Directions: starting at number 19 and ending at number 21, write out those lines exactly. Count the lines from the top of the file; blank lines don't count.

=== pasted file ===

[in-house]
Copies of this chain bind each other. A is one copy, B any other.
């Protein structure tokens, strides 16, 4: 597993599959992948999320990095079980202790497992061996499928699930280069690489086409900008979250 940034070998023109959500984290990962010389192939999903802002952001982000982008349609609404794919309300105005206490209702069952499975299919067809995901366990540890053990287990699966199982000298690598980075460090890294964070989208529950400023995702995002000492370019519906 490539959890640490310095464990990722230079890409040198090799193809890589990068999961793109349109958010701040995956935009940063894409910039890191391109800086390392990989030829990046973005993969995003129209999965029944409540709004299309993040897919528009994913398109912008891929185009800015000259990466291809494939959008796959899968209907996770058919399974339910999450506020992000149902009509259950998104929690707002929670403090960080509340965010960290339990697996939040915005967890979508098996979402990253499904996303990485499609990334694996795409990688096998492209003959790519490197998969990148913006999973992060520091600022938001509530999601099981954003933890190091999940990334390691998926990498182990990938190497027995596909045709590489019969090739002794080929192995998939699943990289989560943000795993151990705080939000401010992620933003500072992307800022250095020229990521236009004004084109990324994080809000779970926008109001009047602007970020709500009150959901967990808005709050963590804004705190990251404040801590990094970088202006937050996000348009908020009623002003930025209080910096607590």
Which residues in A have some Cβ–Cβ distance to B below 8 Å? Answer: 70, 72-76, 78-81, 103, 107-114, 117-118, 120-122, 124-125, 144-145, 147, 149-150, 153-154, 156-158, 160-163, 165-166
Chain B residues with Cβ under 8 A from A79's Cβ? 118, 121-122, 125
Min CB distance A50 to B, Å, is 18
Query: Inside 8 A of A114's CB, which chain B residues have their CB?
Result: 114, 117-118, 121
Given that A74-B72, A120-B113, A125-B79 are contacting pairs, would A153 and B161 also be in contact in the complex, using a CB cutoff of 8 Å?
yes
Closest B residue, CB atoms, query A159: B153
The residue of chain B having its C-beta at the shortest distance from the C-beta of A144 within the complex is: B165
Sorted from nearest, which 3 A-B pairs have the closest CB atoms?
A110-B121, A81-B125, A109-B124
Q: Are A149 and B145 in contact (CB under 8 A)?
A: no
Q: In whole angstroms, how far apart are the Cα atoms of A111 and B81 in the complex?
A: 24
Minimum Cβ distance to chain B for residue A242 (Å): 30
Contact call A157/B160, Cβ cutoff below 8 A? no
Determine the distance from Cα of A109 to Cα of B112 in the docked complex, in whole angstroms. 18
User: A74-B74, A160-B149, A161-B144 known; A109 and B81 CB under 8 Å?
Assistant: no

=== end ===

Minimum Cβ distance to chain B for residue A242 (Å): 30
Contact call A157/B160, Cβ cutoff below 8 A? no
Determine the distance from Cα of A109 to Cα of B112 in the docked complex, in whole angstroms. 18